Sure, there are the cases of unimaginative clients and the throttling of great ideas. Both agencies and clients cancel each other out in this regard. So we’ll call it even.
And don’t even get me started on creative people baying for ‘brave’ work. Mea culpa when I was a creative.
‘Brave’ is putting money in a Ponzi and hoping to be a billionaire. ‘Brave’ is betting the farm at poker. In business, its synonym would be ‘stupid.’ Have you ever seen a CEO that likes to look stupid? Me neither.
I believe the words you were looking for are ‘smart,’ ‘informed’ and ‘exciting.’
Fourth. Demand and supply. There’s a surfeit of agencies and hucksters all over the place. Most of whom will undercut one another for a slice of the pie. Yeah, free market sucks.
But clients love it. Who doesn’t love being fawn over? Make the smitten lover jump through hoops?
But you might say “Oh, the cheapest agency is not necessarily the best agency.”
Try telling that to Procurement. They wear headphones. It’s noise-cancelling. And never Beats by Dre.
A fifth reason is well documented. Misaligned priorities. Agencies want to win awards. Clients want to win market share. Beauty and the Beast.
But it is misunderstood. Agencies are not obtuse. They want money as much as they want recognition. And they know happy clients guarantee money.
The problem lies in both parties not understanding each other’s pain points.
Clients need to understand that the biggest asset an agency has is its brain power. Awards help agencies attract great brain power. Talents that in turn help them do great work. Great work that drives tangible results.
Awards also help agencies get on pitch shortlists and win new businesses. When agencies win new businesses, they earn more money and are able to invest in and develop better talents. That is if the holding company doesn’t hog the dough.
Agencies reward clients who help them win awards with more great work. They move the earth for the client. When I was at the agency, there were clients that could call me at 3 AM and I would be happy to take the call. Their work helped me attract great talents to the agency. They helped us to get new businesses.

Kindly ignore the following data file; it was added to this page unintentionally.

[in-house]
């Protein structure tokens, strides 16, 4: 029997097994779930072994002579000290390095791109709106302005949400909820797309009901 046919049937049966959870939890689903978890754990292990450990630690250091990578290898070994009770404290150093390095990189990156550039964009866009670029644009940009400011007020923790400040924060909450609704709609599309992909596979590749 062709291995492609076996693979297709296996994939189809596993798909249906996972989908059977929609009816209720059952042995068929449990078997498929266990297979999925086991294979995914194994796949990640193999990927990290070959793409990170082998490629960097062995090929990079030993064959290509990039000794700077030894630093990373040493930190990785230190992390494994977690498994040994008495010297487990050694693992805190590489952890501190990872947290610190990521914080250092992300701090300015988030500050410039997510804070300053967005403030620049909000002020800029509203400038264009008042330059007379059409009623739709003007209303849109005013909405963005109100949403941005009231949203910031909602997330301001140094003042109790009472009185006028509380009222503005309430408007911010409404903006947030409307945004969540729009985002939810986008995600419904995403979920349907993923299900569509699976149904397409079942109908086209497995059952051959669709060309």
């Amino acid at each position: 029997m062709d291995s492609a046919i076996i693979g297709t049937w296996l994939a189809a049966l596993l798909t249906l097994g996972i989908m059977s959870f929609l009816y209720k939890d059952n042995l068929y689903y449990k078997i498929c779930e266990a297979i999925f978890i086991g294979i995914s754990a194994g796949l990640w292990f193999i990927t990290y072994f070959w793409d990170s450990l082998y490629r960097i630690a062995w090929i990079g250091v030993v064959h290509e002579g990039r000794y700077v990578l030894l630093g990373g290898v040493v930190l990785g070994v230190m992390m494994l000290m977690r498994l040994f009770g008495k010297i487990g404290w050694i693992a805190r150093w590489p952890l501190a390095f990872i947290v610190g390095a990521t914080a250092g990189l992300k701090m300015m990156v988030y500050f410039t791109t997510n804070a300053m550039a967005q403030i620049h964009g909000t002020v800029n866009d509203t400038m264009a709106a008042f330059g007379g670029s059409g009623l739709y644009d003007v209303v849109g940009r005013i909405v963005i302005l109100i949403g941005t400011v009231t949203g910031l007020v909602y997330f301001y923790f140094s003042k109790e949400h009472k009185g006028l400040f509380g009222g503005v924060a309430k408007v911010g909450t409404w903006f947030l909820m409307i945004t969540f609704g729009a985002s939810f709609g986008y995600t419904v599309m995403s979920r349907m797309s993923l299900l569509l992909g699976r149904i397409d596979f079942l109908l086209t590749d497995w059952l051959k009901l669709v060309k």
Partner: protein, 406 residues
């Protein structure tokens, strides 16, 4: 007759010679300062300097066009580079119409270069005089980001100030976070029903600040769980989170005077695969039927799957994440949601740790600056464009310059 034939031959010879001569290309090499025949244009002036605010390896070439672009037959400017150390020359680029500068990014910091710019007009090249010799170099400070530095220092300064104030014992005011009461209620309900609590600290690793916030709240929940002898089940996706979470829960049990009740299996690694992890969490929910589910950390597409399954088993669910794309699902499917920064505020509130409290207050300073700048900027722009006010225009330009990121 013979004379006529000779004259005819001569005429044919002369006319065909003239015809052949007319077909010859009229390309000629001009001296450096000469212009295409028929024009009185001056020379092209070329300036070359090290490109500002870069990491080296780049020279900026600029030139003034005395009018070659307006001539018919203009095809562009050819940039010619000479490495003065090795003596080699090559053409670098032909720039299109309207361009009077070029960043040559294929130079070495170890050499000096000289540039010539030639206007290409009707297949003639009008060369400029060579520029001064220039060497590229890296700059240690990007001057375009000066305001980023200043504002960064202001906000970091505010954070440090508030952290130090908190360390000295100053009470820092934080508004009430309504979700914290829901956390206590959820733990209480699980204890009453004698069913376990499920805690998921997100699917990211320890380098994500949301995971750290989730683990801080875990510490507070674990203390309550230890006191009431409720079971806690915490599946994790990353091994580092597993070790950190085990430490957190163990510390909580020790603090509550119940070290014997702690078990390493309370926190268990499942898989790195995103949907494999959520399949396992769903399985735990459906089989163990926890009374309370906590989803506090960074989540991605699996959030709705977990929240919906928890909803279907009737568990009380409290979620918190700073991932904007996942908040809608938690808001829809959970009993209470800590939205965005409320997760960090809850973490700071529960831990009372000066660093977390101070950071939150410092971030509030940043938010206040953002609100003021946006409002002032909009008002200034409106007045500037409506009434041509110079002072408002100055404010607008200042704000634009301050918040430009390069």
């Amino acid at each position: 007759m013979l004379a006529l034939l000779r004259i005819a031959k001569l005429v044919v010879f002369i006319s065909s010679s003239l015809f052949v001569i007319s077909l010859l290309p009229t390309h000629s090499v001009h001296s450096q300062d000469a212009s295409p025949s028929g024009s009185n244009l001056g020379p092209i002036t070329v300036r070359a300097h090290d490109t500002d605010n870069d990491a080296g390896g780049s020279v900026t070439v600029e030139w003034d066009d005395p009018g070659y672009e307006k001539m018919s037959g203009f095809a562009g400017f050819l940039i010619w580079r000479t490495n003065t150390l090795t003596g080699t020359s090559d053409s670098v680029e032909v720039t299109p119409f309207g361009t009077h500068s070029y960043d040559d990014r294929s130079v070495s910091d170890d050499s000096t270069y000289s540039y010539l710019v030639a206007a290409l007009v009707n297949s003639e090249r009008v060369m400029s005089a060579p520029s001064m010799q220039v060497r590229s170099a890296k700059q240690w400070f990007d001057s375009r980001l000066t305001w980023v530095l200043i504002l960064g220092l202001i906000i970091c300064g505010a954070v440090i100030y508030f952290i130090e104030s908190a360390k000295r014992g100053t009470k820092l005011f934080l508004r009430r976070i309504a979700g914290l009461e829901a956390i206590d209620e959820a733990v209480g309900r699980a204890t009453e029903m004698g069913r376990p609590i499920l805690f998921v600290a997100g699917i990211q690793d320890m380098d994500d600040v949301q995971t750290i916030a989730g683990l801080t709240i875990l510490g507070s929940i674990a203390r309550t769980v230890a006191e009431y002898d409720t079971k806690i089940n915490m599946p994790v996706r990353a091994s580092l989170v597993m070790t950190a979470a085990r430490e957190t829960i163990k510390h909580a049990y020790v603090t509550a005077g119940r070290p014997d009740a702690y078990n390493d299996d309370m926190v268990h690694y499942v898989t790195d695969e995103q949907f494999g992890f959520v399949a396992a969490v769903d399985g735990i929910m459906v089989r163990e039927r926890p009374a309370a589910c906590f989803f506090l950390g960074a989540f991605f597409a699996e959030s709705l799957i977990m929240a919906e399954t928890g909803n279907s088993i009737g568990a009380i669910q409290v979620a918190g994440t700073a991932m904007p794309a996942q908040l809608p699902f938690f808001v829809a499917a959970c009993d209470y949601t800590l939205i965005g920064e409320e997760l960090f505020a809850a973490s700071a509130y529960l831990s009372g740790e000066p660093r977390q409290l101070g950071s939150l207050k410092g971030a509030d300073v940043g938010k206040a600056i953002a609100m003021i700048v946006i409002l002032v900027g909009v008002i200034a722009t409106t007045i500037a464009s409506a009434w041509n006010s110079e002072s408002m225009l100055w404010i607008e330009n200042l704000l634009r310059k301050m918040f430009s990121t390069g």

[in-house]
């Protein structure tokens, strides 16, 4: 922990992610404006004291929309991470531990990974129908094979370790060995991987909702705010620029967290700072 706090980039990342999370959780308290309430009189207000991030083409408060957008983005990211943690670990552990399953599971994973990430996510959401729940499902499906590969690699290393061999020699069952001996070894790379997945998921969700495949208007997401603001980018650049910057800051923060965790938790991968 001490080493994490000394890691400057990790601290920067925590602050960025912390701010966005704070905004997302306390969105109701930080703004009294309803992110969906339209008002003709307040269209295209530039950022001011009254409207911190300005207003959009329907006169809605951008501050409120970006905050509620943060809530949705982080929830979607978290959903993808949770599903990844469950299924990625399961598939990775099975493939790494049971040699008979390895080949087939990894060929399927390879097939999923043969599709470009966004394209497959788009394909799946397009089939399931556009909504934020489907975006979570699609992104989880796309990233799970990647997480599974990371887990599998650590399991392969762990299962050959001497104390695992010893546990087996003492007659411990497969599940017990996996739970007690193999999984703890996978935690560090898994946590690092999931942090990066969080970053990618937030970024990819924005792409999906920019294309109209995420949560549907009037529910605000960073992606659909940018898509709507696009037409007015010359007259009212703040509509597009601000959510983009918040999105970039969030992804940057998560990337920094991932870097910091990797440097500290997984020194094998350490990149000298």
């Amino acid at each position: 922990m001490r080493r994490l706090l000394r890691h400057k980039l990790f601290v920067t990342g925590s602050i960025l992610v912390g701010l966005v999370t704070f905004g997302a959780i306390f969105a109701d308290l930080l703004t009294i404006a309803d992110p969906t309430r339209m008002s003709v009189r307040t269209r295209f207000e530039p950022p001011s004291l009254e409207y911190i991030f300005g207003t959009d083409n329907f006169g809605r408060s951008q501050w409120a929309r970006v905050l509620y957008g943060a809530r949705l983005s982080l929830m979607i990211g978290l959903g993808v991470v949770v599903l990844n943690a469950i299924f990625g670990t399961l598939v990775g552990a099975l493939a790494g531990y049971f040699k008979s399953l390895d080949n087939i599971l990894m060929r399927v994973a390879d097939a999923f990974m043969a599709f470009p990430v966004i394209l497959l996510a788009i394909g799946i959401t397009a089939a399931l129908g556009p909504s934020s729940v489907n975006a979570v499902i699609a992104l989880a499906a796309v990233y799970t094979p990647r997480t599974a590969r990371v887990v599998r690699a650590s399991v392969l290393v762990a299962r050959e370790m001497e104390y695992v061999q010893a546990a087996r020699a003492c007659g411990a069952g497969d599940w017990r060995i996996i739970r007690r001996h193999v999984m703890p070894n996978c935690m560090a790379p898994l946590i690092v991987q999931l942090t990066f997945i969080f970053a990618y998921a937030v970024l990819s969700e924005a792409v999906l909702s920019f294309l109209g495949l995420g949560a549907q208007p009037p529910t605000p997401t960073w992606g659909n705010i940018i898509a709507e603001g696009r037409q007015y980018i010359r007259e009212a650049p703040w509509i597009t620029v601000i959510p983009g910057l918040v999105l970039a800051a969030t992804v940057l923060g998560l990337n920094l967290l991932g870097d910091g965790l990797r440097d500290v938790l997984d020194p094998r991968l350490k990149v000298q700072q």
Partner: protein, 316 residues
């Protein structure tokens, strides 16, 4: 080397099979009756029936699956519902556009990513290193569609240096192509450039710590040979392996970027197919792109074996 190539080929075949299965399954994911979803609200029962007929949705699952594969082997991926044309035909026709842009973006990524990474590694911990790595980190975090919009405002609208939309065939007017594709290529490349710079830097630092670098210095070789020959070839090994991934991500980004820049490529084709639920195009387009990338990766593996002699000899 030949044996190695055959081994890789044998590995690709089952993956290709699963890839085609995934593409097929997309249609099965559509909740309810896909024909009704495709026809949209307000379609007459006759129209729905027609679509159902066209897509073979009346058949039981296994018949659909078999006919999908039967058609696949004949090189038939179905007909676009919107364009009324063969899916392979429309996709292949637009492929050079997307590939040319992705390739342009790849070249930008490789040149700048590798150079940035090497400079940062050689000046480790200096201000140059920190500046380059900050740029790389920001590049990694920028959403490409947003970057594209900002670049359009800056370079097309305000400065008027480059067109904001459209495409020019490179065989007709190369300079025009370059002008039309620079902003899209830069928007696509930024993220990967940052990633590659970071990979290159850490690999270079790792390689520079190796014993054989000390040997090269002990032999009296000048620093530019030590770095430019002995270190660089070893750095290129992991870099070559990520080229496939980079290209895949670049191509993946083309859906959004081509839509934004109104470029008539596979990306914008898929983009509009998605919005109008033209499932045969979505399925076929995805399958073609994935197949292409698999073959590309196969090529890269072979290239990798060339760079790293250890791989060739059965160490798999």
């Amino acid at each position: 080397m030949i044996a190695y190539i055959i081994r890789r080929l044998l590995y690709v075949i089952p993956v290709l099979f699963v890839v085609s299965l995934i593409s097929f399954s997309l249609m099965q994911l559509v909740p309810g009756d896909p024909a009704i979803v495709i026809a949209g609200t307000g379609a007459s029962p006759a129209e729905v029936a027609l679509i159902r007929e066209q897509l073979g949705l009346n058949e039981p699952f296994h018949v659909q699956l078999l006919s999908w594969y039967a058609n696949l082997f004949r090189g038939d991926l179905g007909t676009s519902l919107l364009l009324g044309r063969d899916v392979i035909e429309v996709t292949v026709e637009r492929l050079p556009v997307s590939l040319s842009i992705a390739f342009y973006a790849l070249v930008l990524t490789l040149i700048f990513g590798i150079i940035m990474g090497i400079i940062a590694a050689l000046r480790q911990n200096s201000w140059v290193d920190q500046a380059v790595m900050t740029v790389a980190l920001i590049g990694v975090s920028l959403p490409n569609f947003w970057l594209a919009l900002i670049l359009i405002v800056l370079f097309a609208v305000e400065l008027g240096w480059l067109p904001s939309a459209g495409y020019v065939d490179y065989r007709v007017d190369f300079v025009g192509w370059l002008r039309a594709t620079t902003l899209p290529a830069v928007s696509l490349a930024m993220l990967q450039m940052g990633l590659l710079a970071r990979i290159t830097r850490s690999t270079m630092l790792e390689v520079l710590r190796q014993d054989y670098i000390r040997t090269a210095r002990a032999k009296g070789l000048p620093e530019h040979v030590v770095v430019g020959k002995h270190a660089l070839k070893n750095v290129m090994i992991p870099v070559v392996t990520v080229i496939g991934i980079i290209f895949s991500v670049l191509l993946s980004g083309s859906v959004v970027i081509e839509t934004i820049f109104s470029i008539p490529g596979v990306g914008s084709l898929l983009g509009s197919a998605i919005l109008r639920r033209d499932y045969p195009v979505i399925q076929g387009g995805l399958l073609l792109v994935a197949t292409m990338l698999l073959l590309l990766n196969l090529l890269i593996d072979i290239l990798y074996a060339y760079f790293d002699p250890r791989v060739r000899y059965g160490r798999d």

In a relationship, you sometimes indulge each other’s fancies. Clients, if there’s a window for your agency to create award-oriented work, leave the window open. They’ll repay you back a hundred fold.
Agencies, if your client is adamant on vanilla, give him vanilla. Your time for bacon caramel maple syrup will come.
It helps the relationship if clients can also give timely and coherent feedback on work. Timely so you don’t ruin the agency’s weekend and other plans. They have families and a life too.
Coherent because it saves time and frustrations. And prevents the agency turning what you say into funny posters like those below. Nothing frustrates creative people like unclear and unhelpful feedback. What do you mean you are not ‘feeling’ the ad? It’s not a bloody sauna, is it?
And when you give feedback to your agency, make sure it is a ‘consolidated’ feedback. Aggregate the views of everyone important on the project, get alignment on the views from the bossman, and then brief the agency. Saves everyone time, money and angst.
A lot has been said about the absence of analytics or data mining in agency work. Truth is, advertising agencies can never be as good as McKinsey or Deloitte in that regard. That’s not what agencies are good at. Their strength lies in generating and executing ideas. In creating magic from tabula rasa. Advertising agencies fall on their swords when they position themselves to be more than this. No one buys it.
A while back, I asked my agency what they thought of me and my style. I’d believed I was a cuddly bear. One of the creatives pointed out to me that there’s a difference between a grizzly and a teddy bear.
We can all do with some introspection.
Some crazy stuff clients say.